substrate. All coatings provide barrier protection, although some
coatings have characteristics that enhance the barrier function of the
coating. For example, coatings that contain micaceous iron oxide
(MIO) or aluminum flakes in their formulation form plate-like layers
(called lamellar pigments) in the coating film. Water or air cannot
penetrate the “plates” and must take a longer path to eventually reach
the substrate.

Protective Coatings Inspector Training


©2013 SSPC 1-7
Module 1 – Protecting Metal Surfaces From Corrosion: The Role of High Performance Coatings

Sacrificial or Cathodic Protection

Coatings also may protect a substrate by providing sacrificial or


cathodic protection. This occurs when the coating layer contains
a metal that will act as the anode in the corrosion process, thereby
protecting the metal substrate (or cathode). Sacrificial coatings are
generally used as primers since the sacrificial metal must be in direct
contact with the metal substrate. Zinc is the most common sacrificial
metal used to protect iron-based steel materials. The best example
of this is with zinc-rich primers where zinc dust is added to the
coating formulation in amounts up to 90% by weight. A zinc layer
can also be formed on a steel substrate by metallizing or galvanizing
– both of which essentially deposit a solid zinc layer on the substrate.
Metallizing is accomplished by melting the zinc (and/or aluminum)
and spraying it onto the substrate surface using flame spray, electric arc
or plasma arc processes. Metallizing can be performed in the shop or
field at a project site. Galvanizing is completed by dipping steel parts
in a molten zinc bath. The galvanizing process generally provides
superior protection to metallizing for comparable zinc thicknesses,
with the obvious limitation that it can only be done in a factory or shop
setting for new steel before erection.

Inhibitive Protection

Some coatings also provide protection by containing inhibitive


pigments that disrupt or prevent typical corrosion reactions from
occurring. The mechanism by which inhibitors work is not always
clear, but the common theory is that the inhibitive materials react
or bind with water to prevent it from further penetrating the coating
film, or produce compounds that inhibit corrosion reactions. A good
example of an inhibitor is lead, which is no longer widely used in
coatings since it is a health and environmental hazard. Other inhibitive
pigments may include borates, chromates (which are restricted like
lead), phosphates or molybdates.

Additional Cathodic Protection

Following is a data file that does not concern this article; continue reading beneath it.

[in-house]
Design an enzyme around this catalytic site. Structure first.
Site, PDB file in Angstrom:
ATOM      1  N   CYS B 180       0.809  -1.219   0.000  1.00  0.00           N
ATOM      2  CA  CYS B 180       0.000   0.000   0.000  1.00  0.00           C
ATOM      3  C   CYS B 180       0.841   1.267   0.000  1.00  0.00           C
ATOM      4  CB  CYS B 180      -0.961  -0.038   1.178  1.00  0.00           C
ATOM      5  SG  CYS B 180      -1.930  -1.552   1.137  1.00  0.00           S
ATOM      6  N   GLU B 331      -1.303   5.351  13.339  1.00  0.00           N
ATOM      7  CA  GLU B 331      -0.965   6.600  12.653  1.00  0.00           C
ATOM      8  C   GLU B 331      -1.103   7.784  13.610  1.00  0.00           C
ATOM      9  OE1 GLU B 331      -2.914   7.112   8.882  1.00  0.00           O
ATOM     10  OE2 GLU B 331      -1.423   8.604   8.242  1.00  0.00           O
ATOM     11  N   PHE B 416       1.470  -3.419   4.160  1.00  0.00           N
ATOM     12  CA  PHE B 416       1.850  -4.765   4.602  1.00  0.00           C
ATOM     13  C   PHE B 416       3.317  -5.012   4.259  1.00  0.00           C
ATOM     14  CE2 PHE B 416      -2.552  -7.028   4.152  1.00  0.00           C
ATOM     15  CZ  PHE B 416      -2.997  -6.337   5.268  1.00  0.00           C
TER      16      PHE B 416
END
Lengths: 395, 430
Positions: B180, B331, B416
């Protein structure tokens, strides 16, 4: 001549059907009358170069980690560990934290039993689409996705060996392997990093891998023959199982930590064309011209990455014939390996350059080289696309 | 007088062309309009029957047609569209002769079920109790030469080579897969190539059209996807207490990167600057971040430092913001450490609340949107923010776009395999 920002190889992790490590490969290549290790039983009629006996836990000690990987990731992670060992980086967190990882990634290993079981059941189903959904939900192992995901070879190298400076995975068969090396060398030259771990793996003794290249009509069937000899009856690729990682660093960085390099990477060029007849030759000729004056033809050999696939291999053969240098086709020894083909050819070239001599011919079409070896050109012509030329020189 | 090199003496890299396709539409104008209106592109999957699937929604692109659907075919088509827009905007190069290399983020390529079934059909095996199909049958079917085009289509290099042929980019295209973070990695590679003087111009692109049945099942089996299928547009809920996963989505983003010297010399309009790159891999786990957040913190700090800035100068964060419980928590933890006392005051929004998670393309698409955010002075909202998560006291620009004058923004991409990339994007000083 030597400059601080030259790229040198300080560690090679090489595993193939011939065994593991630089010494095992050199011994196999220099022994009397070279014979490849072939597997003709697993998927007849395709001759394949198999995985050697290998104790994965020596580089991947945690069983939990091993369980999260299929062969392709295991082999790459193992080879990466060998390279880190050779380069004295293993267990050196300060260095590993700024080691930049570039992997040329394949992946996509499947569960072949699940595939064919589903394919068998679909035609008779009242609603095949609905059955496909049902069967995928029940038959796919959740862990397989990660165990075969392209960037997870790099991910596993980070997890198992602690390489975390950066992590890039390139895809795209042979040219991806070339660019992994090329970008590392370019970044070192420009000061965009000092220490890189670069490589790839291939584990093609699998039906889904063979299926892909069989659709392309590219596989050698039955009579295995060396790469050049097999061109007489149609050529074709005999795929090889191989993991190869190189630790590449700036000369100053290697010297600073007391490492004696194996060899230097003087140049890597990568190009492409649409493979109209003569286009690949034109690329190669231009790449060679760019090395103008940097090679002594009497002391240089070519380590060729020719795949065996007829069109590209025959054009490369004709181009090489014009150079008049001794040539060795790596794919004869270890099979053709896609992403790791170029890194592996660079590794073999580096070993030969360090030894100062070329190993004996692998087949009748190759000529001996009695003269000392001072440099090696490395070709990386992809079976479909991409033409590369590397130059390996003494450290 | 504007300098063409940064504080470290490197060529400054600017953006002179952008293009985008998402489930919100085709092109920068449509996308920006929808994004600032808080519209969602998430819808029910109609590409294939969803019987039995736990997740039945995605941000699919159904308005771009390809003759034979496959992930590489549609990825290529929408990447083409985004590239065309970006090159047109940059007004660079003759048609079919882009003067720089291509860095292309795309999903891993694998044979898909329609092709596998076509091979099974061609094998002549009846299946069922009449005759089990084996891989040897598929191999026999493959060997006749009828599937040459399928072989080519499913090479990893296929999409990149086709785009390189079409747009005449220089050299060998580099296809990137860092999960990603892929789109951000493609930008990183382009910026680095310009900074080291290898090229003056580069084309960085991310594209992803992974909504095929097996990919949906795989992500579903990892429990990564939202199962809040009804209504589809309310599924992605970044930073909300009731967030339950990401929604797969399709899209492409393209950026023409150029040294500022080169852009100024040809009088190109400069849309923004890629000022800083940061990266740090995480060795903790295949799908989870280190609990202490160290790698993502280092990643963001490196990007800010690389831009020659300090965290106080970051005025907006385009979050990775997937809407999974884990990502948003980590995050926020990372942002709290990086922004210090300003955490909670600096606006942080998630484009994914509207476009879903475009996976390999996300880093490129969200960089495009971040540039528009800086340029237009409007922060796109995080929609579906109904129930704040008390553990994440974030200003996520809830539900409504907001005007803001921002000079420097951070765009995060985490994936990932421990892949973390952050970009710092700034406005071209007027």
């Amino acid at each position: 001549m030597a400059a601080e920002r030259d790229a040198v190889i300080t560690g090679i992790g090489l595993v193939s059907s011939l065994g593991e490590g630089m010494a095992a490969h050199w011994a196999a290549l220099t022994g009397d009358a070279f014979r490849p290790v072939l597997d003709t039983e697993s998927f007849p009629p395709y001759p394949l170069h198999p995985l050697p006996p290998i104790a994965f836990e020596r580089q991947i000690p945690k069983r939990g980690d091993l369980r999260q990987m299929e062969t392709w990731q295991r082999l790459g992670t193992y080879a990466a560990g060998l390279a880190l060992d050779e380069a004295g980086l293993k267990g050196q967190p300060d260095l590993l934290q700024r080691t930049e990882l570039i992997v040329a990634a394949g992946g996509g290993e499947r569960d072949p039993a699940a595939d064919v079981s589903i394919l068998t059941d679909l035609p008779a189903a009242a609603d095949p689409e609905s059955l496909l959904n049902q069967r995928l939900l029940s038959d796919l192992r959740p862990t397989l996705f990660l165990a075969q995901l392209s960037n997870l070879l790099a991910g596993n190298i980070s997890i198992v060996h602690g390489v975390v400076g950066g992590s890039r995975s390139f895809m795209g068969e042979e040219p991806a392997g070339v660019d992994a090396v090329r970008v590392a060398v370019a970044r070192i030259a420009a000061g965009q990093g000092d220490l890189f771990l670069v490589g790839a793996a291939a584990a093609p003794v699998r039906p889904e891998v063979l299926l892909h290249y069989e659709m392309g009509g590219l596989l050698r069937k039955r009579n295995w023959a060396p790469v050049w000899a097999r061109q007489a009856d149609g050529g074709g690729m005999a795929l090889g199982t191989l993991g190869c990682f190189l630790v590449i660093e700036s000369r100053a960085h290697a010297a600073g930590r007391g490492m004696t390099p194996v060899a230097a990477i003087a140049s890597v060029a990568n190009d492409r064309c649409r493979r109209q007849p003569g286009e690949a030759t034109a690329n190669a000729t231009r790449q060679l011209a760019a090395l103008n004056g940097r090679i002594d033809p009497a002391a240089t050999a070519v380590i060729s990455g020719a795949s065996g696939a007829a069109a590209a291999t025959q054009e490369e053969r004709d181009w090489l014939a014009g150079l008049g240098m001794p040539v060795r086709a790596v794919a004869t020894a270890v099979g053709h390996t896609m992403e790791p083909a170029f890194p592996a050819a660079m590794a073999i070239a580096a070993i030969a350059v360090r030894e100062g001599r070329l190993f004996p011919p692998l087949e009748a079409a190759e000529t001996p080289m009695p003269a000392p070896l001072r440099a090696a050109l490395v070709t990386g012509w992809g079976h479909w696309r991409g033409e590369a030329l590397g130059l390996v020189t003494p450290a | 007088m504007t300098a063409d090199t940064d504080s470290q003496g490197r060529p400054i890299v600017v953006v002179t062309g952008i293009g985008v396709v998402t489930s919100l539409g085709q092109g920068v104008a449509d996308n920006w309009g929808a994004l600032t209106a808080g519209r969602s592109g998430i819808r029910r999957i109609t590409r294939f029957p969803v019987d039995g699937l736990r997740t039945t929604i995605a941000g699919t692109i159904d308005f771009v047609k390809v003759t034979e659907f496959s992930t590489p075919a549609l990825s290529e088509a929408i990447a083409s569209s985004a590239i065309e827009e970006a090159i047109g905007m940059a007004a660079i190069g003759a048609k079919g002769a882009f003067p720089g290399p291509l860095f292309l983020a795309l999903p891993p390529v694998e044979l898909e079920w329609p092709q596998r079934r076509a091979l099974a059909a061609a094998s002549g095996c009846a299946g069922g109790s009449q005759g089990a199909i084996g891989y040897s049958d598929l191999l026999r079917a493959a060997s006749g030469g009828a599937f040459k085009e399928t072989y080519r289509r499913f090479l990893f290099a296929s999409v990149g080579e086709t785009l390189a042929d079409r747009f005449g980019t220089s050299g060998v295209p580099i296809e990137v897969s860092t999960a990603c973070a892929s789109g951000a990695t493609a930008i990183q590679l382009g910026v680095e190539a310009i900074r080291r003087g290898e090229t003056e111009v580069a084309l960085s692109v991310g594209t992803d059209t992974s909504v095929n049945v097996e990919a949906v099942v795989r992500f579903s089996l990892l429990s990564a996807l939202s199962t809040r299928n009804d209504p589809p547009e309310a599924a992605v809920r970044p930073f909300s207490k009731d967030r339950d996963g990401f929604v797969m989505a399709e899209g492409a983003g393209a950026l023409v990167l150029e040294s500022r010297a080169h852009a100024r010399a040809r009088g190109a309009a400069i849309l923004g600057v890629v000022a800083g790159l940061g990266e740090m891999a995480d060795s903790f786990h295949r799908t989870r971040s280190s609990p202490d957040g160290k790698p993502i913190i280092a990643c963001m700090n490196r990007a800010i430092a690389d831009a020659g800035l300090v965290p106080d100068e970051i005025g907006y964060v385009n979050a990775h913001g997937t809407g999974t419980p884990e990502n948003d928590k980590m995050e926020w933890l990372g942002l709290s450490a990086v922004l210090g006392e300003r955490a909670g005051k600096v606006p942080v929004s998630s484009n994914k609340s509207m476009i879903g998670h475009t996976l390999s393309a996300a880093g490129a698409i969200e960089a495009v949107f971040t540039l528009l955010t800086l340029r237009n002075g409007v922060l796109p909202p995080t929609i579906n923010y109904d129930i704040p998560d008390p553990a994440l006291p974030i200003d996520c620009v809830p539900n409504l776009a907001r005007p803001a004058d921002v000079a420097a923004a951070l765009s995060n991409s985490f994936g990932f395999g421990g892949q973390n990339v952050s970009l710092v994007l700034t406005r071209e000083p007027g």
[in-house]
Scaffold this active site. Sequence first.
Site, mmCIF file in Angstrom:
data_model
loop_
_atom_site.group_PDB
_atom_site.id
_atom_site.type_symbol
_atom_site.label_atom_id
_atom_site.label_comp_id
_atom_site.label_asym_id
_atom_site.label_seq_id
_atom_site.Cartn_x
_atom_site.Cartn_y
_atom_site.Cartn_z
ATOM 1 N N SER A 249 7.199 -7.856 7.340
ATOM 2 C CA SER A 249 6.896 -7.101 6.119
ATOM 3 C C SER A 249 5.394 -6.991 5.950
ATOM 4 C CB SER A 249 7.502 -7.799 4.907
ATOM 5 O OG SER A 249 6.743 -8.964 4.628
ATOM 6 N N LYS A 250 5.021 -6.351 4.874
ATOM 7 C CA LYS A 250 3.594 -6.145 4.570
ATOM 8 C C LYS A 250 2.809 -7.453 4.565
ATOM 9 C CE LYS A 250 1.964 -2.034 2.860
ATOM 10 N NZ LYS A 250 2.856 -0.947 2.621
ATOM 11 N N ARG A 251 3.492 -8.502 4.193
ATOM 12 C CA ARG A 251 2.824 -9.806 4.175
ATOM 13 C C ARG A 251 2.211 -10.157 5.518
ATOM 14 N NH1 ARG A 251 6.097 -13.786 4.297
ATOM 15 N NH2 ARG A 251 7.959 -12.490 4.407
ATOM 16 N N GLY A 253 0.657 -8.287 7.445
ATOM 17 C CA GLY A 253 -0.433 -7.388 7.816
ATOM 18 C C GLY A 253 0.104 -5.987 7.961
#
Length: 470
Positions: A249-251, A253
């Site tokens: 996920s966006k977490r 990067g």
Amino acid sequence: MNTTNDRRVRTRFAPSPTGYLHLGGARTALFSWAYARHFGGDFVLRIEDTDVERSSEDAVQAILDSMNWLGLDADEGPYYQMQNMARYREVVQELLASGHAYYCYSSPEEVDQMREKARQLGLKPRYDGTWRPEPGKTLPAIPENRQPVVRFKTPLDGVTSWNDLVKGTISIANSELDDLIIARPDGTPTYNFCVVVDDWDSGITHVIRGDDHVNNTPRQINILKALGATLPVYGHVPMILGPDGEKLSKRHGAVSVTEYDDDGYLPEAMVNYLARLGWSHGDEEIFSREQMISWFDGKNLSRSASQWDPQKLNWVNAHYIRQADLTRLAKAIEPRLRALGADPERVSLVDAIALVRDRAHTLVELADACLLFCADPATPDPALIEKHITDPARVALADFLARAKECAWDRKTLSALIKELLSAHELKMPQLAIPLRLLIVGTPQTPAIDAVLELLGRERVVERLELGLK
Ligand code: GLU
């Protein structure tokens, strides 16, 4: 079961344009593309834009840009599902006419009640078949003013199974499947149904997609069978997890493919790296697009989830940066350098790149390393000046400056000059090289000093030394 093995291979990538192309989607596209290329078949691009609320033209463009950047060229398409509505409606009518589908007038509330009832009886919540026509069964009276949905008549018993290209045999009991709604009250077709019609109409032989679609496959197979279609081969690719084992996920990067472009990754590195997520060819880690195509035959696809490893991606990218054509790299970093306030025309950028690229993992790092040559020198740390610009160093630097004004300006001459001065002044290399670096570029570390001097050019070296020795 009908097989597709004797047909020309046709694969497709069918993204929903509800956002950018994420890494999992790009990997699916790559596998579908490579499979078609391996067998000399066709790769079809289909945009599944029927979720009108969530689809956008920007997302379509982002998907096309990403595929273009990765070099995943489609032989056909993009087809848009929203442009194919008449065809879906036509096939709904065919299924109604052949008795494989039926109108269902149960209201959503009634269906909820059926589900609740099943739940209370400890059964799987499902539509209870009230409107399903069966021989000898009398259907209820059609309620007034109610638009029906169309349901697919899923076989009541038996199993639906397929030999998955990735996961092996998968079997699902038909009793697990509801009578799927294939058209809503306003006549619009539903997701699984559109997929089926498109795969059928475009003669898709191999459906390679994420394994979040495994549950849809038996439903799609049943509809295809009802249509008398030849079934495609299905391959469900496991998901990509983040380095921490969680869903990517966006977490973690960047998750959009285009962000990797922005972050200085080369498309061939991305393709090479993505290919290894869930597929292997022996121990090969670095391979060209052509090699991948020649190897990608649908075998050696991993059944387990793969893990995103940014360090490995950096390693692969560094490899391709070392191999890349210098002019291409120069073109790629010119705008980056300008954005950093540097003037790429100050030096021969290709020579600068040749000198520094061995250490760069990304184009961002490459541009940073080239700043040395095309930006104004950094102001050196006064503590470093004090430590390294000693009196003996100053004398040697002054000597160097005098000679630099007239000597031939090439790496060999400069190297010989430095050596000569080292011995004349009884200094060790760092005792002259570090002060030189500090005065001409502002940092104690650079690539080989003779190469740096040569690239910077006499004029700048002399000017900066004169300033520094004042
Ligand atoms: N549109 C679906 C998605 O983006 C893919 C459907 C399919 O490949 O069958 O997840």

As previously described, coatings provide cathodic protection when


a component of the coating acts as a sacrificial metal to the substrate
(e.g., zinc coatings on steel). But additional cathodic protection can
be provided by passive or active means. Passive cathodic protection

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©2013 SSPC 1-8
Module 1 – Protecting Metal Surfaces From Corrosion: The Role of High Performance Coatings

(as with coatings) can be accomplished by attaching a dissimilar metal


directly to a metal substrate to act as a sacrificial anode. Of course the
other metal must be more reactive than the substrate to act as the anode
and become sacrificial. To protect steel substrates or structures, zinc
or aluminum are often the other (dissimilar) metals used. An example
of passive cathodic protection is when sections of zinc or aluminum
are attached to the underwater hull of a ship. The sections (anodes)
will corrode instead of the steel thereby protecting the ship’s hull in
the vicinity of the attachment points – note that multiple sacrificial
anodes are typically attached over the hull’s surface. This protection
is considered passive since corrosion (and cathodic protection) occurs
spontaneously via the natural process.

For some structures, however, the potential for corrosion can be


so great that passive cathodic protection may not provide adequate
protection. Such environments might included offshore platforms
or buried pipeline. In these cases, active cathodic protection can be
provided by applying or “impressing” an electrical current to the
structure (while also using a dissimilar metal to act as the anode). In
effect, the impressed current prevents the spontaneous reaction that
would normally take place in a natural corrosion cell from occurring
in the first place. An impressed current system requires an external
power source and must be specifically designed for the structure and
environment if it is to function properly. Maintenance and monitoring
of the system is required.

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©2013 SSPC 1-9
Module 1 – Protecting Metal Surfaces From Corrosion: The Role of High Performance Coatings

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Module 1 – Protecting Metal Surfaces From Corrosion: The Role of High Performance Coatings

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Module 1 – Protecting Metal Surfaces From Corrosion: The Role of High Performance Coatings